Small-Cluster Coexistence

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Science  13 Jun 2008:
Vol. 320, Issue 5882, pp. 1396
DOI: 10.1126/science.320.5882.1396c

When metal clusters are adsorbed on metal oxide surfaces, their properties can change, especially if they interact with defect sites and undergo charge transfer. Simic-Milosevic et al. explored the extent of such charge transfer in a model system, in which magnesium oxide films [three monolayers (MLs) of MgO(001)] were grown on a Ag(001) surface; Au was then deposited at low coverages (0.03 ML) at very low temperatures (5 K), and its structure was studied with a scanning tunneling microscope (STM). Although most of the Au was present as isolated atoms, two types of dimer could be observed that either lay flat on the surface (shown at left) or stood upright. Manipulations with the STM tip could form the flat dimers from the atoms and then convert them to the upright form. Density functional theory calculations indicated that the upright form is more stable and adsorbs as a neutral species onto surface oxygen sites, whereas the flat form is negatively charged and places the Au atoms over Mg. These results show that the spread in energy between different electronic states may be low enough to allow substantial coexistence on a surface. — PDS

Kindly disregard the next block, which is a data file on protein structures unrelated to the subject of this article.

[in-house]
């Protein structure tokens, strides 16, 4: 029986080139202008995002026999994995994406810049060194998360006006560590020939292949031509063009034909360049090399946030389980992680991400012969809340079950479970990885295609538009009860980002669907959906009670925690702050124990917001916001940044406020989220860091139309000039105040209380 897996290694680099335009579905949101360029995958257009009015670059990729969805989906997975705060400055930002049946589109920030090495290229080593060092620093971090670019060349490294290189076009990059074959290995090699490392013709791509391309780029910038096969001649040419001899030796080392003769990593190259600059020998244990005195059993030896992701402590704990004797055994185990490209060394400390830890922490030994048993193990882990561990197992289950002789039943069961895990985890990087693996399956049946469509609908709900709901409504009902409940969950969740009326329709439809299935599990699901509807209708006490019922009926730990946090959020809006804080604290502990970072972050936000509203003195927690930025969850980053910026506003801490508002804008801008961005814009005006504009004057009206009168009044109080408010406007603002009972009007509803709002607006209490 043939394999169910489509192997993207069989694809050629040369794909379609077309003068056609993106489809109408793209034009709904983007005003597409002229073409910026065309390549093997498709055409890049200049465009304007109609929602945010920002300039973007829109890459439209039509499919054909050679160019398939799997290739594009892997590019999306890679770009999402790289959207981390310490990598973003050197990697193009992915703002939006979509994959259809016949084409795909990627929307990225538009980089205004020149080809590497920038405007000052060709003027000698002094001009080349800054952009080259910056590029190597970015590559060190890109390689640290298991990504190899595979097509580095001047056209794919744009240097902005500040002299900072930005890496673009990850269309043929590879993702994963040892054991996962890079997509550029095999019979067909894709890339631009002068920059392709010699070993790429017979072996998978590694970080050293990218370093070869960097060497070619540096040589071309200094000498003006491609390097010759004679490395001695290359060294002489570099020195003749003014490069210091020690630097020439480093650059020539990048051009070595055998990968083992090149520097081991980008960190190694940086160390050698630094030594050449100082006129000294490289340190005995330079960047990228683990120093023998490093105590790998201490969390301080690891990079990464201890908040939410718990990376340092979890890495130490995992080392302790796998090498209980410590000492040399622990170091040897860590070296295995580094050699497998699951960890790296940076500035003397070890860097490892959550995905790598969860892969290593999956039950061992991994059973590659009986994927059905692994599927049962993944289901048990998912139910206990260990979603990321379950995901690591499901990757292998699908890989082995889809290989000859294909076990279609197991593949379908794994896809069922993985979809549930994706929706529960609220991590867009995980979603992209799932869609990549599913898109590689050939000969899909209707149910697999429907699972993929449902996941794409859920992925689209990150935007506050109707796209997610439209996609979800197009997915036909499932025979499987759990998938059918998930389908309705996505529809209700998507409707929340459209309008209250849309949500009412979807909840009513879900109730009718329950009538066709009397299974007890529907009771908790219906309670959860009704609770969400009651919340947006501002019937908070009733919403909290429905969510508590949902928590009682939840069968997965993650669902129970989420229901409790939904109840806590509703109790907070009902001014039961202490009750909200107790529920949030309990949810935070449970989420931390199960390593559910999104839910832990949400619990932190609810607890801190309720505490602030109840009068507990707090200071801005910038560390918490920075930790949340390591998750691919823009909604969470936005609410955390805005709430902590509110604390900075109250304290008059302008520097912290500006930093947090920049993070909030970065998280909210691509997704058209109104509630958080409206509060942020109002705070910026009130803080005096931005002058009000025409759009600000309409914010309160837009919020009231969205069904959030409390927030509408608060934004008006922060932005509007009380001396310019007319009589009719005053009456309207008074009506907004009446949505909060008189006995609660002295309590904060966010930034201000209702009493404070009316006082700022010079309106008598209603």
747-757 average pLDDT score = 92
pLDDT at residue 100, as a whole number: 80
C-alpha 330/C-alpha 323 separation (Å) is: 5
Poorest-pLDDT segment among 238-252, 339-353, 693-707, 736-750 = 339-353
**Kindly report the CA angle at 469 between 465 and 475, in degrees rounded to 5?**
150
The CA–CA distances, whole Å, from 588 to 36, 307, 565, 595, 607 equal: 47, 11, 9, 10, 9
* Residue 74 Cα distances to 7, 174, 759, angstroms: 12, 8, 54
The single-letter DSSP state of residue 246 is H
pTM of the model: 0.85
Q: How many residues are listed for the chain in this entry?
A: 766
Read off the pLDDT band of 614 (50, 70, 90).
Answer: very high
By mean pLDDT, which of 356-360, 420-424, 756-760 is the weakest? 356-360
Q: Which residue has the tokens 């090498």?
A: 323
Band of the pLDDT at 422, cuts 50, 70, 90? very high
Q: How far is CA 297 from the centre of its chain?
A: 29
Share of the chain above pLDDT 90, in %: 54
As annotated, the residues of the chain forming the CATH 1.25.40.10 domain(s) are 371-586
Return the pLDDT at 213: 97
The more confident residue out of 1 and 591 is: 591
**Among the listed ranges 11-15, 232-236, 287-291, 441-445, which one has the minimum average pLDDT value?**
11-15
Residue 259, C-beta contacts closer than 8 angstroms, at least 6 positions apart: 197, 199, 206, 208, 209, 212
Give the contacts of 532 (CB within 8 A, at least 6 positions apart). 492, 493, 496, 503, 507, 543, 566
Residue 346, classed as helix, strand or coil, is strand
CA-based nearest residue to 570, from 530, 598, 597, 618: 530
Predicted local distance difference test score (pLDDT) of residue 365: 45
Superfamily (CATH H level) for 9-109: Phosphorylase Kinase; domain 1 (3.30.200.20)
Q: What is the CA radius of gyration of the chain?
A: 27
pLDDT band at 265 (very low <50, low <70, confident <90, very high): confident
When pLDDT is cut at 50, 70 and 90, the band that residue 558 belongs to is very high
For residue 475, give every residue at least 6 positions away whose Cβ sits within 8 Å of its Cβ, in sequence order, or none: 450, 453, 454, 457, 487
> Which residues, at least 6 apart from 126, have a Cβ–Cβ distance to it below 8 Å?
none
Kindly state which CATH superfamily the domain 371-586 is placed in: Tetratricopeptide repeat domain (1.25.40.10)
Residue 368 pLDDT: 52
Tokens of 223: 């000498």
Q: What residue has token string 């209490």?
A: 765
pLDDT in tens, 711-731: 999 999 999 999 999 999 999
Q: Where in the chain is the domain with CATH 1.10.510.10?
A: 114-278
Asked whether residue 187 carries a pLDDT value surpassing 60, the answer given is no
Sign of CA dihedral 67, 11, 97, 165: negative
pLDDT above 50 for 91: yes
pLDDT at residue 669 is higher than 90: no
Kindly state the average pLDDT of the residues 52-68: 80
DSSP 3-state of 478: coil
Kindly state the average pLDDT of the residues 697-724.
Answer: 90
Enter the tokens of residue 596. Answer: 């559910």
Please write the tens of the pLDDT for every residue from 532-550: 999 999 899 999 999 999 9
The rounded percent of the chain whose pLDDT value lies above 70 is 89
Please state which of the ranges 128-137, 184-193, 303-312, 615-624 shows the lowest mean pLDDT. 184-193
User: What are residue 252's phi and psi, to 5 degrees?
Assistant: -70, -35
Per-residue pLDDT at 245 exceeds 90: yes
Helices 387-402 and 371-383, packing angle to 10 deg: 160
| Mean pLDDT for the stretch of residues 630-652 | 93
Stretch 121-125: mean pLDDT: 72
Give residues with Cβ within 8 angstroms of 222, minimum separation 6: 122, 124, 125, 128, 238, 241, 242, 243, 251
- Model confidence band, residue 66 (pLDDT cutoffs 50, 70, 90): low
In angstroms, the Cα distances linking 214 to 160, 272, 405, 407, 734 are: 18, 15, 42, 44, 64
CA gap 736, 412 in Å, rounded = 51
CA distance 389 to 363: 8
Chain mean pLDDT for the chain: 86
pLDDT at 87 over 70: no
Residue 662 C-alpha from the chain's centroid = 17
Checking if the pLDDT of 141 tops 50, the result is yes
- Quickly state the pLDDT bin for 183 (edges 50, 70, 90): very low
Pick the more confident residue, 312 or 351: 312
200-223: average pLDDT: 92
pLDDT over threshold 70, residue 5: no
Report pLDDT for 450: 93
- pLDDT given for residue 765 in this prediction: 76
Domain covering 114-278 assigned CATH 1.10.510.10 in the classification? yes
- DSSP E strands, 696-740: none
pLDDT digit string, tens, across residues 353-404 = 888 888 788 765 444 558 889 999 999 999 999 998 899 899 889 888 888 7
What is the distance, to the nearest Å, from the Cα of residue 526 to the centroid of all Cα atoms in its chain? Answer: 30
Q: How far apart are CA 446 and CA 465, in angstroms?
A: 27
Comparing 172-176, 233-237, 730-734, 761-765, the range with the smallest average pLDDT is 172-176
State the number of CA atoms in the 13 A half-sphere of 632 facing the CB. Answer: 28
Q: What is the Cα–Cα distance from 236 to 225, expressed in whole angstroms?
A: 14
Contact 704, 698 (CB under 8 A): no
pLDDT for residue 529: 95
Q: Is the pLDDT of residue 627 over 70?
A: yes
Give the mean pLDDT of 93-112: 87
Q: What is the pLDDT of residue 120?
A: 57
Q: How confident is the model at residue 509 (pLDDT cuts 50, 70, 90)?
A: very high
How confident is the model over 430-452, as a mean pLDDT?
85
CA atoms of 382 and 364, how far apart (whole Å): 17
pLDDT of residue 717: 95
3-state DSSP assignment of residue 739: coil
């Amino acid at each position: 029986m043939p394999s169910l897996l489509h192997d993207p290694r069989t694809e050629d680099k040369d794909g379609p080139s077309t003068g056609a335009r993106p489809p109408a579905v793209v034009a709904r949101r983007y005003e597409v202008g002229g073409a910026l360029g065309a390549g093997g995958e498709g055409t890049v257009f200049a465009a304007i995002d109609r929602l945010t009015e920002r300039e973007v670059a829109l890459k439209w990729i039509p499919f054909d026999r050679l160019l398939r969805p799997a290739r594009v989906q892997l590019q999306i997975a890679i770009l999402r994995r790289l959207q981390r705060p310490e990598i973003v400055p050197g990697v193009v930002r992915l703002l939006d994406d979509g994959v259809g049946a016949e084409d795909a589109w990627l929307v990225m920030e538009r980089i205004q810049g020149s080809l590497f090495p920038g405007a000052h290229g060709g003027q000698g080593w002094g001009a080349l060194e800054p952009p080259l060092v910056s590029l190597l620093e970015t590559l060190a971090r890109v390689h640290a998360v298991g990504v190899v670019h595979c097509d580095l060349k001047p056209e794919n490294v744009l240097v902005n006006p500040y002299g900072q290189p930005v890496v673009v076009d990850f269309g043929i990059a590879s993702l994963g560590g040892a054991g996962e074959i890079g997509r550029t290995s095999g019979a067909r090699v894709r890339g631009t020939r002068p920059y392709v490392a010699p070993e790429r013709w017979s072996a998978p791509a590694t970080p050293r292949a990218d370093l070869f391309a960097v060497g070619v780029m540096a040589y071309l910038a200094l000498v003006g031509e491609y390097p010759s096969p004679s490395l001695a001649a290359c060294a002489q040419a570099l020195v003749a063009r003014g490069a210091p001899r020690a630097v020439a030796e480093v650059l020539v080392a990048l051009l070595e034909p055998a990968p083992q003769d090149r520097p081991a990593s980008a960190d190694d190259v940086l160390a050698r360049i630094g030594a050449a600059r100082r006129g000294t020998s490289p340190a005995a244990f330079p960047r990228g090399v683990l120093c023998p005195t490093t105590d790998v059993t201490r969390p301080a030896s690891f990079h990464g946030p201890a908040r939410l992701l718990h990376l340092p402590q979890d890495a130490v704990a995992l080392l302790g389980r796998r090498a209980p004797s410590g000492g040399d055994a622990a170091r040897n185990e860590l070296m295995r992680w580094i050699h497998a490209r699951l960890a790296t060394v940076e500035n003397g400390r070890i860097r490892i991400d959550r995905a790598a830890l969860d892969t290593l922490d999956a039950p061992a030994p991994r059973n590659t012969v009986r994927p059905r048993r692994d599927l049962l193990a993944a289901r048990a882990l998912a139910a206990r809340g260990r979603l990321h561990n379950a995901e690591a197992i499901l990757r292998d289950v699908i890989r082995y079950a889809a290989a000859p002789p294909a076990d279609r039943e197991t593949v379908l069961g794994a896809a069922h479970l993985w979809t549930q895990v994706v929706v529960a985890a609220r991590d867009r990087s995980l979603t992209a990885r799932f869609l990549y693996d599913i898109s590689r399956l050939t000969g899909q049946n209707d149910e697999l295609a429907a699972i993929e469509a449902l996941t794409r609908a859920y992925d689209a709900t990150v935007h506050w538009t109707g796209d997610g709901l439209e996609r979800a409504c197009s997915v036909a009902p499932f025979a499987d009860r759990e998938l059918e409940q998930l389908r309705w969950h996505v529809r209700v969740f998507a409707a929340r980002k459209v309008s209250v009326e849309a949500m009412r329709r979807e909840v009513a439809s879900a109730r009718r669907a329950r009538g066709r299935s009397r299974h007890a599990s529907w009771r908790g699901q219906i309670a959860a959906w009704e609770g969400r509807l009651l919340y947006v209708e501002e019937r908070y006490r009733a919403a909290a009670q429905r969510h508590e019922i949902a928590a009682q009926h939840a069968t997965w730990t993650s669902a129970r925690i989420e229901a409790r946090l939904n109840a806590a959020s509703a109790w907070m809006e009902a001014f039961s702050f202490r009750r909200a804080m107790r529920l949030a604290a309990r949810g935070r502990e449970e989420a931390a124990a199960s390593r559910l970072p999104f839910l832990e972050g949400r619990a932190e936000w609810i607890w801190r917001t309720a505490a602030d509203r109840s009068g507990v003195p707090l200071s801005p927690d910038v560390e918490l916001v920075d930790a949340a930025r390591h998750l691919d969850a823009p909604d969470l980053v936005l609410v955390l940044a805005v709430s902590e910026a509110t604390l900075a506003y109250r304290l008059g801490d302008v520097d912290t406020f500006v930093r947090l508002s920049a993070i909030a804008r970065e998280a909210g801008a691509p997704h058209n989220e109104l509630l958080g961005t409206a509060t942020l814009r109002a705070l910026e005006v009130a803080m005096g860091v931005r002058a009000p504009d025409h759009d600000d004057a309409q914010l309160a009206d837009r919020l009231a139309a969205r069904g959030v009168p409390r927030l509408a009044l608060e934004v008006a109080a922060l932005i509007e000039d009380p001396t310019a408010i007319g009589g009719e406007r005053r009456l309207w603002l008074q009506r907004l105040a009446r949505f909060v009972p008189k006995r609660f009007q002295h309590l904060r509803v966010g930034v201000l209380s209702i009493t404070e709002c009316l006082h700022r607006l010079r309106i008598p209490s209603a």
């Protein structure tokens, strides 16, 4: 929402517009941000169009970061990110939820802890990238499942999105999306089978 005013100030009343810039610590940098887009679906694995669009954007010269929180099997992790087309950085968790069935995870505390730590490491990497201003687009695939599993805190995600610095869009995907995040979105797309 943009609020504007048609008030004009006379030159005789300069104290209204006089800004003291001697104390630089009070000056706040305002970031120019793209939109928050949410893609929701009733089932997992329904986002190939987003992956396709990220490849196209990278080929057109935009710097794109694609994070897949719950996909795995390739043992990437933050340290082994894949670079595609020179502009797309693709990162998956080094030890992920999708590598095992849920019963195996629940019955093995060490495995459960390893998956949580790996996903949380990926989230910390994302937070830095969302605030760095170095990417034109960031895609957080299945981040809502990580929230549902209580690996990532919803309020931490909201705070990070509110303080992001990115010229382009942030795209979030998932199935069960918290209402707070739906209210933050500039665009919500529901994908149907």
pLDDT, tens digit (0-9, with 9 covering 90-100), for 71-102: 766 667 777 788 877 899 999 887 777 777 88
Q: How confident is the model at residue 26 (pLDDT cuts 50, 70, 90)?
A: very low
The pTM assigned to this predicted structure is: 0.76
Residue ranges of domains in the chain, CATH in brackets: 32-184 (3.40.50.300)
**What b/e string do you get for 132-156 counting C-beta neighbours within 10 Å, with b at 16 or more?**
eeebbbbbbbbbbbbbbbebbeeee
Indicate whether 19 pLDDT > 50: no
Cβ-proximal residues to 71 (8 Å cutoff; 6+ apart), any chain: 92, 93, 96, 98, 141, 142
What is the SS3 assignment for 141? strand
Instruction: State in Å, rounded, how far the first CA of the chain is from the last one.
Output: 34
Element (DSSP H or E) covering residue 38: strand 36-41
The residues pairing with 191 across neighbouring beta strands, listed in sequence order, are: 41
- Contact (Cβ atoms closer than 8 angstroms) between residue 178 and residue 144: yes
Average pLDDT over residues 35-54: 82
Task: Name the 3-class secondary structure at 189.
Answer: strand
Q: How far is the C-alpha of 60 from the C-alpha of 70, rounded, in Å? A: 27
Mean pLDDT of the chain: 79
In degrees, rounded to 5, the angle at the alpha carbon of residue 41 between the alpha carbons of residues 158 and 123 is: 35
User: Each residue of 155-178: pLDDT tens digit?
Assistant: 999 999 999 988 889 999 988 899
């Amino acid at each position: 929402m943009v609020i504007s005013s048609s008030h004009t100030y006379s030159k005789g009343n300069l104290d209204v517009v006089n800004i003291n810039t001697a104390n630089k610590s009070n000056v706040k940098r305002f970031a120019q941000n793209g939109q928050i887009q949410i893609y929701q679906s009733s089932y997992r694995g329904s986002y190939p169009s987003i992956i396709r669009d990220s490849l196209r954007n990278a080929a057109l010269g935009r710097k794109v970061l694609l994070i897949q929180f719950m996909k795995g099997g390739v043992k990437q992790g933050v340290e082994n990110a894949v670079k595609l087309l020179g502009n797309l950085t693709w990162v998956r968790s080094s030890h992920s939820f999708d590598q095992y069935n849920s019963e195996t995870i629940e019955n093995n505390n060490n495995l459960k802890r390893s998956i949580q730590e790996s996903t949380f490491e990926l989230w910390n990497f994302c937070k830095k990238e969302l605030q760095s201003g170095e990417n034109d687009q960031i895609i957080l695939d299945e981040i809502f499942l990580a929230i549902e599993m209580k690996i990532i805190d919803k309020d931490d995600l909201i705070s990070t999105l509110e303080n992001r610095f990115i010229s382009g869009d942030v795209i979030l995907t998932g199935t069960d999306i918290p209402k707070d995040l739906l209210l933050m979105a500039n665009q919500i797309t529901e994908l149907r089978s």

J. Am. Chem. Soc. 130, 10.1021/ja8024388 (2008).

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